Wild About Plants’ Rockdale Hybrid Breeders Create Residential Jungle | County Leader of St George and Sutherland

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Welcome to a jungle paradise in Rockdale.

This is not what is expected on approach. A 1930s home in the heart of a high-rise urban neighborhood. But dive a little further down the hall, and you’ll find lush tropical vegetation.

The contrast couldn’t be more different. A fast-paced exterior, alongside eight-foot plants crawling up the walls, thriving in the artificial lighting. Windows are replaced with about 11 types of smartphone-controlled hydroponic systems.

This is an experiment in living room flora in its raw form, designed by hybrid plant enthusiasts Alicia Qian and Nigel Rannard.

The couple are full-time “breeders”, specializing in all living things of the Aroid family – velvet anthuriums, philodendrons and monsteras. Inside their homes, thousands of them have taken over most of their living space.

About two years ago, they started Wild About Plants, where they provide seeds and plants, much like a “farm to people” project. This hobby-turned-business has grown into a growing fan base, with over 15,000 green thumb enthusiasts following their journey.

What’s most unusual is the arena dedicated to their sprouted hits. There’s a pollen-freezer “sperm bank,” quietly waiting for prime time.

The 24-hour presence at the factory required special attention. A typical 70-hour week involves lovingly and meticulously caring for individual seeds.

The couple’s first intrigues in plant life began when they were children. They strangely share mirrored moments of influence.

“I was fascinated by my grandparents’ gardening books,” Rannard said. “After doing rope access work, building reminders for skyscraper maintenance, I wanted to get into vertical gardens.”

Inspired by the creativity of vertical gardens in Singapore, he learned the basics of horticulture, and during rehabilitation after an injury, a passion was born.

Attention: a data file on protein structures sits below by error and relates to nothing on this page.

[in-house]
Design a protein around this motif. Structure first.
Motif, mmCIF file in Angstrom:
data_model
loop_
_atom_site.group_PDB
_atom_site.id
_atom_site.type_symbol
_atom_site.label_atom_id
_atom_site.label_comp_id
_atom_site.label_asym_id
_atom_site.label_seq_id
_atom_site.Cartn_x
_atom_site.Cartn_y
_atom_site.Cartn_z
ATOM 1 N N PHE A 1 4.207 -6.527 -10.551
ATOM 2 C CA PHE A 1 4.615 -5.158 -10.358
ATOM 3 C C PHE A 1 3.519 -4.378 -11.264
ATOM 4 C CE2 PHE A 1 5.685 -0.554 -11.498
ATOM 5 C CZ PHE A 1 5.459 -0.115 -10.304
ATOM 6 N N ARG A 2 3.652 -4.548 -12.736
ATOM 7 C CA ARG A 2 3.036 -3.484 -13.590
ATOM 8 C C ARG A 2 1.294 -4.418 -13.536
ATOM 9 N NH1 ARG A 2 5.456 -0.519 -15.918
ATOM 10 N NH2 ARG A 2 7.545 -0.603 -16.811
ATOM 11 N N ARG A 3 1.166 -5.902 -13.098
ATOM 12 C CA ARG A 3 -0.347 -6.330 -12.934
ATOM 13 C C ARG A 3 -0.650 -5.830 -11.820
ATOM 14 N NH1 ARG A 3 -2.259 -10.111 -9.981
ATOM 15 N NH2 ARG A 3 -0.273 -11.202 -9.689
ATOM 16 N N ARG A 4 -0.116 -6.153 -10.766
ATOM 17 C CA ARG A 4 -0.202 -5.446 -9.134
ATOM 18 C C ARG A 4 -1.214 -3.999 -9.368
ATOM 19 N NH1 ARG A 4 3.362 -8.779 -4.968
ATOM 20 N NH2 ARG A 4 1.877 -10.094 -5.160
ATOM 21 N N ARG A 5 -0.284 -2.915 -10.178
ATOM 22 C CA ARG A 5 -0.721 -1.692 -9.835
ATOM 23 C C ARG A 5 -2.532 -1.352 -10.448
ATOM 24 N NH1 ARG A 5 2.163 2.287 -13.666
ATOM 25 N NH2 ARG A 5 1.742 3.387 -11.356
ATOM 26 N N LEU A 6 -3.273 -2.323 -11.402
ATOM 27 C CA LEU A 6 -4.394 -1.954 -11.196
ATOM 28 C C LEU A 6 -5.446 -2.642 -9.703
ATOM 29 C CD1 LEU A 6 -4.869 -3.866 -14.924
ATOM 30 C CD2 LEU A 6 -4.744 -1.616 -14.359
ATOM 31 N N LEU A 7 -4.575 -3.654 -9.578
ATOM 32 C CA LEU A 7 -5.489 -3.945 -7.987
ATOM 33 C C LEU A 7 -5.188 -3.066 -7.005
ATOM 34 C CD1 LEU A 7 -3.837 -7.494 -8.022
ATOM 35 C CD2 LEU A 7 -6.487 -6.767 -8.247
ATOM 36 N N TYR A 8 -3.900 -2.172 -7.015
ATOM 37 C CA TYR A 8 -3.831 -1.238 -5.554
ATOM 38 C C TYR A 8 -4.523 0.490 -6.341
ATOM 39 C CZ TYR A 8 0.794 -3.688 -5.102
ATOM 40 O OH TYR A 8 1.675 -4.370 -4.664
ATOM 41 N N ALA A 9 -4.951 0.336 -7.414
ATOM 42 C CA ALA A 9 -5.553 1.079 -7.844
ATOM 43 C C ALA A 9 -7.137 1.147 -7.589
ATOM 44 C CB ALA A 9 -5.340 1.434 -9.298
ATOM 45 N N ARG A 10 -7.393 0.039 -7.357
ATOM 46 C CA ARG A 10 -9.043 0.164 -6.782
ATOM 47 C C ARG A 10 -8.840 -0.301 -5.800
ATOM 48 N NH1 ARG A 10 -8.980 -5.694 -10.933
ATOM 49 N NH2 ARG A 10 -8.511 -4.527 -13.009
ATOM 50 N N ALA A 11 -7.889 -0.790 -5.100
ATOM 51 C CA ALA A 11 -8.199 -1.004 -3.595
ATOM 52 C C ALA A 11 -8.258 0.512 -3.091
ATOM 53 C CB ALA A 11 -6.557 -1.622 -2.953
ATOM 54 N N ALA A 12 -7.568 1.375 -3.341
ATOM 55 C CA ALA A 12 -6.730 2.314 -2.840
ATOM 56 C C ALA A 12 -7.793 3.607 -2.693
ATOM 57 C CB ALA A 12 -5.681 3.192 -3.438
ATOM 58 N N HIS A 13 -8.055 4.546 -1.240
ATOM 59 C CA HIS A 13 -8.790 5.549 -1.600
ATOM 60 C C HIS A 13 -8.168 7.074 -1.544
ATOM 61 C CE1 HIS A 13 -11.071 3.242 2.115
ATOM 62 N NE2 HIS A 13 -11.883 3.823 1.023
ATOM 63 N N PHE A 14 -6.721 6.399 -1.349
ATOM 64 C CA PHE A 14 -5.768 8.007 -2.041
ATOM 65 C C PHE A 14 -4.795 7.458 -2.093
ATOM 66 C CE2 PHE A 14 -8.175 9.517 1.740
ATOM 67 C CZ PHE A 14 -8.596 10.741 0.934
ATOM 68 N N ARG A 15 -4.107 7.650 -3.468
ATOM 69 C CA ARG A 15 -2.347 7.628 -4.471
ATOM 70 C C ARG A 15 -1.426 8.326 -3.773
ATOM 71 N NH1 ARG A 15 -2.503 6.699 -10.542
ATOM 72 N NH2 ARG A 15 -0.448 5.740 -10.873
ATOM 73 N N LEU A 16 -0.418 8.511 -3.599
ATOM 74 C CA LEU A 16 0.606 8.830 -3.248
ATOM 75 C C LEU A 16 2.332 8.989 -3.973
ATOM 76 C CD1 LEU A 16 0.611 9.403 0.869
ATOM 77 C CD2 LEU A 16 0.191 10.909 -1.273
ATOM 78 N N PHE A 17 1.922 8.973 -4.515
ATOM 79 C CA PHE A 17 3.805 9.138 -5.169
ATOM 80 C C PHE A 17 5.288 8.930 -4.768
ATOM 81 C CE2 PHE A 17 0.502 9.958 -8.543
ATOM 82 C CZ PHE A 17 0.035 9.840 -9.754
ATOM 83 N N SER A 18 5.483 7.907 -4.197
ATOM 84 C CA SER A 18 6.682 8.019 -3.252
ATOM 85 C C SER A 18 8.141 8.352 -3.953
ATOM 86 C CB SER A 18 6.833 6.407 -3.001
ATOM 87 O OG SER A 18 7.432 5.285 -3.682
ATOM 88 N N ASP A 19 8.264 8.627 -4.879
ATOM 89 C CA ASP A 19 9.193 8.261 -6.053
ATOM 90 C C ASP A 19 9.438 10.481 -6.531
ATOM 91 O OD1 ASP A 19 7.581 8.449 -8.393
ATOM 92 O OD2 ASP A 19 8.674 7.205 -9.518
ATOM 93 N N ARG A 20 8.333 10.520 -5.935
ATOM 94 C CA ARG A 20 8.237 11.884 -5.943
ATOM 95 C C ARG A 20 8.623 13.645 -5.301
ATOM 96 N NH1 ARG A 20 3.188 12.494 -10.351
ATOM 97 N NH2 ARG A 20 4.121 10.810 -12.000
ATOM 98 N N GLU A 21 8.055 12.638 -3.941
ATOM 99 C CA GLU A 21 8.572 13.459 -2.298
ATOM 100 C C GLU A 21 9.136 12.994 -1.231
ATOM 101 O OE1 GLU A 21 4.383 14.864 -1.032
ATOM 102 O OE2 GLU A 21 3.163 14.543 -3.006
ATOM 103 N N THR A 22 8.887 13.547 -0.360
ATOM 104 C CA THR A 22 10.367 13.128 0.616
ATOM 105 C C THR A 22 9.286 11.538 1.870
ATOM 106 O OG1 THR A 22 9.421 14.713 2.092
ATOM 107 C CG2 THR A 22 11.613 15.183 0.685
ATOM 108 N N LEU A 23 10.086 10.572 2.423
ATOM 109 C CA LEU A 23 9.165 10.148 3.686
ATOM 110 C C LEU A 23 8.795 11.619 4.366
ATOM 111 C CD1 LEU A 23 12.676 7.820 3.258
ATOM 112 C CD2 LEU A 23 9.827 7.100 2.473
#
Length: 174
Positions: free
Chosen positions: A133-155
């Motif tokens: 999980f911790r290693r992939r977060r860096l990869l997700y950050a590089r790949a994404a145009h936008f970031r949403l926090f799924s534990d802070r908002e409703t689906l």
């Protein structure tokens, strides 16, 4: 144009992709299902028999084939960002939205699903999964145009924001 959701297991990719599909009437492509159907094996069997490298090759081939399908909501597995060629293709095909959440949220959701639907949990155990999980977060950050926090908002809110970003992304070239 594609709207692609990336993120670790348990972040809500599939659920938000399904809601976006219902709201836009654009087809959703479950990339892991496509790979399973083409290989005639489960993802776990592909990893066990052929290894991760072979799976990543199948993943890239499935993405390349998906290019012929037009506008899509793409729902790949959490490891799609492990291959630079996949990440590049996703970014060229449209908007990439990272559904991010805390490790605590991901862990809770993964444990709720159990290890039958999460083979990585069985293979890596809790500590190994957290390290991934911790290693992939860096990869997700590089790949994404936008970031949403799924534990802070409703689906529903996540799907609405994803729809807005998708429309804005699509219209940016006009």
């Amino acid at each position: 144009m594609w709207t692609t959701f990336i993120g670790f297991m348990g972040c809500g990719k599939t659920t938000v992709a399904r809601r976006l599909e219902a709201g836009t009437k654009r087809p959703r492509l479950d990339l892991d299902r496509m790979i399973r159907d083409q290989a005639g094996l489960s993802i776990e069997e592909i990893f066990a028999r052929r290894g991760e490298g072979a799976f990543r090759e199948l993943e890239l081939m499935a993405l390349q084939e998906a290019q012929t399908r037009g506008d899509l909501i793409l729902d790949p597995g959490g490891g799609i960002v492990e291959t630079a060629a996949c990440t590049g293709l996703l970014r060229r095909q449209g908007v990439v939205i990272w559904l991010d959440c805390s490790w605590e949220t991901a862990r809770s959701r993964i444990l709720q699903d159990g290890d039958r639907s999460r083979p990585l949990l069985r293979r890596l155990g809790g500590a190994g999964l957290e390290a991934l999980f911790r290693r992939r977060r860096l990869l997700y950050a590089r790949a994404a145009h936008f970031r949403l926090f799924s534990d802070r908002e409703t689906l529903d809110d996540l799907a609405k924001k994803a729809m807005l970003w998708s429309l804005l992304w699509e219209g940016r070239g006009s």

Ms. Qian, who studied science at university, remembers watching her grandmother bring her garden to life.

“I come from a village in a developing country where everything, the water from the wells, was an engineering marvel,” she said. “My grandmother grew bulbs to make daffodils. I was fascinated. Soil was very hard to come by in Asia. A garden in China was extremely rare, but they worked hard to get one.”

From there, a literal seed was planted. Once on Australian soil, Ms. Qian began growing vegetables, fruits, herbs and perfume plants. Like her partner, she found herself confined to her home for months after undergoing foot surgery in 2017.

“That was my preview of the lockdown a few years before it happened,” she said. “That’s where I discovered mail-order factories.”

Cultivating has become the daily grind, and down the rabbit hole of curiosity they have fallen. But this flourishing project has expanded into a rather forward-thinking crossbreeding of species, much like with dogs, but there are more bud batches than bark.

We are exploring uncharted territory. I feel like we’re fostering a living legacy.

Alicia Qian

Ms. Qian compares the process to watching a pregnancy develop. But in this case, a human embryo is a handcrafted seed. “These are our baby plants,” she said. “When crossing species, it can be disappointing when the seed is not viable, but that’s nature taking its course.”

“It encourages patience,” Mr. Rannard said. “But it’s also very calming to have greenery.”

A big part of their business is collecting data from their factories. They learn from their buyers, they said. According to them, the biggest challenge is to compete with the “mass cloning” of companies, but they want to put down roots in a new type of vegetable future.

“It’s like a big science experiment. We’re designing plants for future generations,” Ms Qian said. “What we’re doing is so new. This kind of territory hasn’t been documented, it’s not part of any program. We’re exploring uncharted territory. I feel like we’re fostering a living legacy. I hope some hybrids will become living heirlooms.”

Encouraging education, especially among children, is a permanent objective.

“In a small way, we are helping people find that spark,” Ms. Qian said. “It’s like a wonderland of discovery, a bit of daily wonder, observing the language of a plant, what it wants and how it reacts. I constantly marvel at their resilience and evolution. The ability to nurture something is so uplifting. It’s an innate love of nature but also an artistic outlet.”

The couple was recently filmed for Gardening Australia on ABC, which is set to air for National Science Week in August.

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